Kreidler disciplines, fines insurance companies and professionals for law violations
OLYMPIA, Wash. – Insurance Commissioner Mike Kreidler in April disciplined and issued fines totaling $14,000 against insurance companies, agents and brokers who violated state insurance regulations.
Amco Insurance Co., Des Moines, Iowa; fined $5,000, order 16-0249
The insurance commissioner found that Amco charged some commercial customers rates that had not been filed and approved by the OIC, resulting in some overcharges and undercharges. The company also didn’t properly apply some rating factors, issued policies with incomplete underwriting information and was employing producers whose appointments and affiliations were expired.
American Strategic Insurance Corp.; St. Petersburg, Fla.; fined $4,500, order 17-0044
The company allowed 108 insurance producers whose appointments had lapsed to conduct 584 transactions totaling more than $151,000. State law requires insurers to file a notice and pay a fee to the insurance commissioner for each licensed producer who will act as an agent of an insurer. A total of 359 of its producers had lapsed appointments for 22 days.
5 Star Life Insurance Co., Baton Rouge, La.; fined $2,000, order 17-0045
The company allowed seven insurance producers whose appointments had lapsed to conduct 106 transactions totaling more than $6,153. State law requires insurers to file a notice and pay a fee to the insurance commissioner for each licensed producer who will act as an agent of an insurer. A total of 62 of its producers had lapsed appointments for 21 days.
Great Northwest Insurance Co., St. Paul, Minn.; fined $2,000, order 17-0047
The company allowed five insurance producers whose appointments had lapsed to conduct 41 transactions totaling more than $8,041. State law requires insurers to file a notice and pay a fee to the Insurance Commissioner for each licensed producer who will act as an agent of an insurer. A total of 22 of its producers had lapsed appointments for 17 days.
American Home Guard, Philadelphia; ordered to cease and desist, order 17-0085
The company sold service contracts, also known as warranties, to Washington consumers for home appliances and home systems. The company is not registered in Washington state, as required by state law.
Donna K. Stephenson, Everett; license revoked, order 17-0039
Stephenson ran an insurance business, Newcastle Insurance LLC dba Glen Gay Agency, with her husband, John Glen Gay.
Stephenson and Gay made an agreement with a client that they would pay his monthly health insurance premium to Premera in exchange for the client placing an ATM machine owned by the couple at his marijuana business. It is illegal for an insurance producer to pay a client’s premium.
Stephenson made the payments to Premera by forging the client’s signature on money orders, a violation of state law.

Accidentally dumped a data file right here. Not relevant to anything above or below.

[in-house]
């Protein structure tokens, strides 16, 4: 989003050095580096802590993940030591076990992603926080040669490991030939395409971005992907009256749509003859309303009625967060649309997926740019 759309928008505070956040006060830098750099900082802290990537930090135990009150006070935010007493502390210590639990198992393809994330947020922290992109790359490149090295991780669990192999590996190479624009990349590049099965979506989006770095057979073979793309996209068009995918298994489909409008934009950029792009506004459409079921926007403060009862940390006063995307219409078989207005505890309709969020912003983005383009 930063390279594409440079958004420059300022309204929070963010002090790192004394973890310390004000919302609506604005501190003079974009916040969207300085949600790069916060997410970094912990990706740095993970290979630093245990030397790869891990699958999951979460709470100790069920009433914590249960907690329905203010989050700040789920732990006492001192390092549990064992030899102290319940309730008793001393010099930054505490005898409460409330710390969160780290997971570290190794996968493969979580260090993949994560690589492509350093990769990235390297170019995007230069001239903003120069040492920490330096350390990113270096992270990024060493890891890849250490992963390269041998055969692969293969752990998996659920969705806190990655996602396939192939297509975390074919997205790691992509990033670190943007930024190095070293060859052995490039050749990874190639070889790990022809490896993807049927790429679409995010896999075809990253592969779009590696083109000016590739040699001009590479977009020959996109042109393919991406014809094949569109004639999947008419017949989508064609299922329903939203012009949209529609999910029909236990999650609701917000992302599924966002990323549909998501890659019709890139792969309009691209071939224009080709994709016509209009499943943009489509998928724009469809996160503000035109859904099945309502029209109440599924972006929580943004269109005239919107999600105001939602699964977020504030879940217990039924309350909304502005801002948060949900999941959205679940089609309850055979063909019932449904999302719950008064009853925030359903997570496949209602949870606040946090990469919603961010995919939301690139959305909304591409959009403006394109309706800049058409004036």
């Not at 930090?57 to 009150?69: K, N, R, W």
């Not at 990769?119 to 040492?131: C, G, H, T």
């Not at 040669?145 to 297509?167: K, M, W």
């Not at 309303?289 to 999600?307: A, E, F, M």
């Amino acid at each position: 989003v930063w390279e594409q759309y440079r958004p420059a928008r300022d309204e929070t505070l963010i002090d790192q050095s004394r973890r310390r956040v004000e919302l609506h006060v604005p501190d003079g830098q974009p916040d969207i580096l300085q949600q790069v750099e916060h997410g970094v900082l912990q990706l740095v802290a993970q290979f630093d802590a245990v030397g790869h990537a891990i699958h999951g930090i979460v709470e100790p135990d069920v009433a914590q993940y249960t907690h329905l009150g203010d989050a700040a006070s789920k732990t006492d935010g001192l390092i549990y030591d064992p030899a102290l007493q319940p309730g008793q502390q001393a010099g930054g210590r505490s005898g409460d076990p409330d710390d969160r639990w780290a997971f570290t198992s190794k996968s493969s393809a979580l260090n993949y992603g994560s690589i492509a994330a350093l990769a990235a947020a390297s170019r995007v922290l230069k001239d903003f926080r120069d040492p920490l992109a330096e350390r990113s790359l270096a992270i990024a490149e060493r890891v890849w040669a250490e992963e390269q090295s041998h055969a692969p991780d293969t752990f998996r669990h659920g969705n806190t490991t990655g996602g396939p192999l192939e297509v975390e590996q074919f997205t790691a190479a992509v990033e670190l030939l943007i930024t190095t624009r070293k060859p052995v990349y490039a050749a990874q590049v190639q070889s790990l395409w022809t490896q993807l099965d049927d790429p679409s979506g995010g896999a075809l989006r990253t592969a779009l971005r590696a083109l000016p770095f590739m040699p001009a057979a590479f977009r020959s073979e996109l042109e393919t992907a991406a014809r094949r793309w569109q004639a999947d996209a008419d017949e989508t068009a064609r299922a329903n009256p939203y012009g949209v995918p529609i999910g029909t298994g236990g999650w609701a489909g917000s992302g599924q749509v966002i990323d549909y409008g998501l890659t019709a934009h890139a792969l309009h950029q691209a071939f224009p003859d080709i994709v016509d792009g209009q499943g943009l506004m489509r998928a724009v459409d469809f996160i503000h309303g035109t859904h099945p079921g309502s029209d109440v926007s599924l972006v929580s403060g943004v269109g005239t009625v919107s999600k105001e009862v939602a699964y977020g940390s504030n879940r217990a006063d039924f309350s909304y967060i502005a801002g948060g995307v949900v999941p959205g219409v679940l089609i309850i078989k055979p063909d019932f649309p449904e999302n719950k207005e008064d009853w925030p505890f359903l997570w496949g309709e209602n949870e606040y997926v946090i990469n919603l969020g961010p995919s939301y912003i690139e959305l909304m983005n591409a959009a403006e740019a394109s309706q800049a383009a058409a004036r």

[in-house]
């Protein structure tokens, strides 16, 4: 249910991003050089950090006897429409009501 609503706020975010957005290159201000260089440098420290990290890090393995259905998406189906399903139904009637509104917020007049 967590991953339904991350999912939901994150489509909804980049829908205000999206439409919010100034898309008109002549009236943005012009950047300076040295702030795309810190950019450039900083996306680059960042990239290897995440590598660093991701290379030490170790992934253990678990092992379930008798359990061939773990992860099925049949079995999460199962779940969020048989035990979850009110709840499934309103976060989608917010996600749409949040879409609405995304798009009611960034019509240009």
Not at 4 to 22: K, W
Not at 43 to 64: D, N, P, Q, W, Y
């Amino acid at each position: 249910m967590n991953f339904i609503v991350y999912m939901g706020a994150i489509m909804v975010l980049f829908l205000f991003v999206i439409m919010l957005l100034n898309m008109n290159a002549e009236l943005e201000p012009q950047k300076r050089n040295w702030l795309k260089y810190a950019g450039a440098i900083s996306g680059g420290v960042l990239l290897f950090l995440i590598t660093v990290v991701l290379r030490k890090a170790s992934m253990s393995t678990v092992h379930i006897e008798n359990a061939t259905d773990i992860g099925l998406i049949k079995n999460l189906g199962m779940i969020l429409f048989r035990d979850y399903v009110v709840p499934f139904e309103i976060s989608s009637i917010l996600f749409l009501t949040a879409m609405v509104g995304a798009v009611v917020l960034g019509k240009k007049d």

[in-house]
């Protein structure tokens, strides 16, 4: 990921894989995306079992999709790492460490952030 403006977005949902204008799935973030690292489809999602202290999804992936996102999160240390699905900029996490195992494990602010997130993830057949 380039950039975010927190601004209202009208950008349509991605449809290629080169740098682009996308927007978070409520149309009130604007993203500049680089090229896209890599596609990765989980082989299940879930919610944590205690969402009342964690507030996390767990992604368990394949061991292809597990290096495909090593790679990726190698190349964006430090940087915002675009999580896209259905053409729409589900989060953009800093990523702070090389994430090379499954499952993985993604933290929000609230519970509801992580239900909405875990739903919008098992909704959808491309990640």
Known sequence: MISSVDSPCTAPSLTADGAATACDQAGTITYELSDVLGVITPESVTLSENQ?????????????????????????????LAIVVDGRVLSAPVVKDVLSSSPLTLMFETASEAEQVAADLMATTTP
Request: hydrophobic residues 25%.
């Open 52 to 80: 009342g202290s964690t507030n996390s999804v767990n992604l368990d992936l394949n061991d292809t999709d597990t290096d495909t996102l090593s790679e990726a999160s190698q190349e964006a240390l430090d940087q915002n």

The couple stopped paying the client’s insurance premium after six months because of a dispute with the client, so Premera canceled the policy for nonpayment. The client complained to Premera, which in turn reported the case to the insurance commissioner. Premera canceled its affiliation with the agency in June 2016.
Stephenson’s license was revoked on March 17. The insurance commissioner has separate actions against Gay and Newcastle Insurance.
Jeffrey Byron Gordon, Tulalip; license revoked, order 17-0041
Gordon applied for an insurance producer license in November 2015. He disclosed eight felony charges and was issued a probationary license under the guidance of a mentor. In November 2016, the mentor notified the insurance commissioner that Gordon had again been charged with a new felony and would no longer be his mentor. The probationary license requires Gordon to report future charges or convictions against him. Gordon did not report the charges or resulting plea. As a result, his license was revoked on March 24.
Larry D. Andre, Puyallup; fined $250, order 17-0060
Andre sold a customer a Medicare Advantage Plan that was not suitable for the customer’s needs. Andre failed to get complete information about what types of health plans the customer needed and qualified for, and also misrepresented the benefits of the plan the customer bought. The customer filed a complaint with the insurance commissioner, and Andre agrees to pay the fine.
Joshua D. Hemstreet, Bremerton; fined $250, order 17-0053
Hemstreet applied for an insurance producer’s license in March 2017 and said he had no criminal history. The background check revealed two previous convictions. He agrees to pay the fine in order to obtain his license.
Ella Hipes, dba Measured Wealth, Spokane; ordered to cease and desist, order 17-0051
Hipes is not licensed as an insurance producer in Washington state. She solicited business in Washington state and sold four annuities for nearly $600,000 to three Washington consumers along with another unlicensed producer, Justin W. Smith. Hipes kept nearly $35,000 in commission and paid over $4,400 in commission to Smith. She has failed to respond to all inquiries from the insurance commissioner and refused delivery of the final notification letter. The state of Tennessee is also taking action against Hipes for allegations of misappropriation and fraud.